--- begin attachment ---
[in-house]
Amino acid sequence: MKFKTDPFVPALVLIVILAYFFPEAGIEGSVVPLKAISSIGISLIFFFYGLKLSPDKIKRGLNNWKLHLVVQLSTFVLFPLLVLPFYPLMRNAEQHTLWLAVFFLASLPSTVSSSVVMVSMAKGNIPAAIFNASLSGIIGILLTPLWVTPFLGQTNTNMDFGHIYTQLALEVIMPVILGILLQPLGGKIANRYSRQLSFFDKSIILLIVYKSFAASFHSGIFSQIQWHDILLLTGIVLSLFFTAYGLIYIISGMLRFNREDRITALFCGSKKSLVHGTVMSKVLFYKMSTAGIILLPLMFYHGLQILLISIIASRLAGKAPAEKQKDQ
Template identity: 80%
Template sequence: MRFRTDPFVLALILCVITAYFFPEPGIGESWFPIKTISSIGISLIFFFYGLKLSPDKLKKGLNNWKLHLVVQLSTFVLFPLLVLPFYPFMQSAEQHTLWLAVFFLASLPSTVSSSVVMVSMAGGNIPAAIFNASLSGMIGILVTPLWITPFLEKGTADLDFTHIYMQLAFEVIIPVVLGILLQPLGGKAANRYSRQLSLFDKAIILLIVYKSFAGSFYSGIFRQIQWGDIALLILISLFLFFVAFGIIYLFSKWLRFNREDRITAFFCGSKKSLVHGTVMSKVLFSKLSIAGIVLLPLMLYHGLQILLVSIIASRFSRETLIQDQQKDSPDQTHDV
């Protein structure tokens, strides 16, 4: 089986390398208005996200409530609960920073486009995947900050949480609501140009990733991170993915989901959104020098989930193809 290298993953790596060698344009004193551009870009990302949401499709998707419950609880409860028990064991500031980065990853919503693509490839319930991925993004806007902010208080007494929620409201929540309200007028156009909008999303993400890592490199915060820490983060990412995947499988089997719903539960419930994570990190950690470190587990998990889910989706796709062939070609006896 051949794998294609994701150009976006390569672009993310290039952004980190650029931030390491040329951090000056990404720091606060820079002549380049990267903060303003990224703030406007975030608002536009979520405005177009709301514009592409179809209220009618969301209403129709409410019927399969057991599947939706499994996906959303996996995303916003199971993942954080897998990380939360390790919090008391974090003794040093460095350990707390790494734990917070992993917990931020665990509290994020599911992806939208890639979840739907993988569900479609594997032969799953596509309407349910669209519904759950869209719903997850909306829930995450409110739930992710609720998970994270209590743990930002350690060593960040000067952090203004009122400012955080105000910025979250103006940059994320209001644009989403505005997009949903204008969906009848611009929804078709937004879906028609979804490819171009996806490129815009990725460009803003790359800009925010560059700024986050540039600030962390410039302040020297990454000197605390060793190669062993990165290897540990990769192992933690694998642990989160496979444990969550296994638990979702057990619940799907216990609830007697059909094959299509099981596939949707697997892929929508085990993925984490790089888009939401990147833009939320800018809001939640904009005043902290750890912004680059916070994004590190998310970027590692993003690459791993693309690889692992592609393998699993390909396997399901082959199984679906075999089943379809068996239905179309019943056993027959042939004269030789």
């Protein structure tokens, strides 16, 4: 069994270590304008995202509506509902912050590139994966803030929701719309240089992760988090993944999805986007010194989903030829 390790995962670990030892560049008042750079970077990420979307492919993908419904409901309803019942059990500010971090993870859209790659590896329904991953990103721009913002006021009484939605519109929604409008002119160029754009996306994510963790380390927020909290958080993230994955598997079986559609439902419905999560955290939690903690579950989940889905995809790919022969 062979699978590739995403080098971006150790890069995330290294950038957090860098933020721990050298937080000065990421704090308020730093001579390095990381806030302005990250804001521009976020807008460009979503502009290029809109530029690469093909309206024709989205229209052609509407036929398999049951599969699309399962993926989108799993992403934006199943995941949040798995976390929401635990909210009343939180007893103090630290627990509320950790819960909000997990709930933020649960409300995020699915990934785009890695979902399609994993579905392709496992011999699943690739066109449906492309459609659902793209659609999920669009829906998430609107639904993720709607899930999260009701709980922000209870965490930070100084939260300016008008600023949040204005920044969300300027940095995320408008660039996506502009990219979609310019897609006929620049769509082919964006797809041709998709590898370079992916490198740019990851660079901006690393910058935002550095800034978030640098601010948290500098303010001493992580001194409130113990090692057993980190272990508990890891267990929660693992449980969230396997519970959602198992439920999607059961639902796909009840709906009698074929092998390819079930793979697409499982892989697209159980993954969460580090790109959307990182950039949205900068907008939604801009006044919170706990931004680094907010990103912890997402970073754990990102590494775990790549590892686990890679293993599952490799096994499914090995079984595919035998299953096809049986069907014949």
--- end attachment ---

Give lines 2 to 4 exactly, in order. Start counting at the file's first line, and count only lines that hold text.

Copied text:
Amino acid sequence: MKFKTDPFVPALVLIVILAYFFPEAGIEGSVVPLKAISSIGISLIFFFYGLKLSPDKIKRGLNNWKLHLVVQLSTFVLFPLLVLPFYPLMRNAEQHTLWLAVFFLASLPSTVSSSVVMVSMAKGNIPAAIFNASLSGIIGILLTPLWVTPFLGQTNTNMDFGHIYTQLALEVIMPVILGILLQPLGGKIANRYSRQLSFFDKSIILLIVYKSFAASFHSGIFSQIQWHDILLLTGIVLSLFFTAYGLIYIISGMLRFNREDRITALFCGSKKSLVHGTVMSKVLFYKMSTAGIILLPLMFYHGLQILLISIIASRLAGKAPAEKQKDQ
Template identity: 80%
Template sequence: MRFRTDPFVLALILCVITAYFFPEPGIGESWFPIKTISSIGISLIFFFYGLKLSPDKLKKGLNNWKLHLVVQLSTFVLFPLLVLPFYPFMQSAEQHTLWLAVFFLASLPSTVSSSVVMVSMAGGNIPAAIFNASLSGMIGILVTPLWITPFLEKGTADLDFTHIYMQLAFEVIIPVVLGILLQPLGGKAANRYSRQLSLFDKAIILLIVYKSFAGSFYSGIFRQIQWGDIALLILISLFLFFVAFGIIYLFSKWLRFNREDRITAFFCGSKKSLVHGTVMSKVLFSKLSIAGIVLLPLMLYHGLQILLVSIIASRFSRETLIQDQQKDSPDQTHDV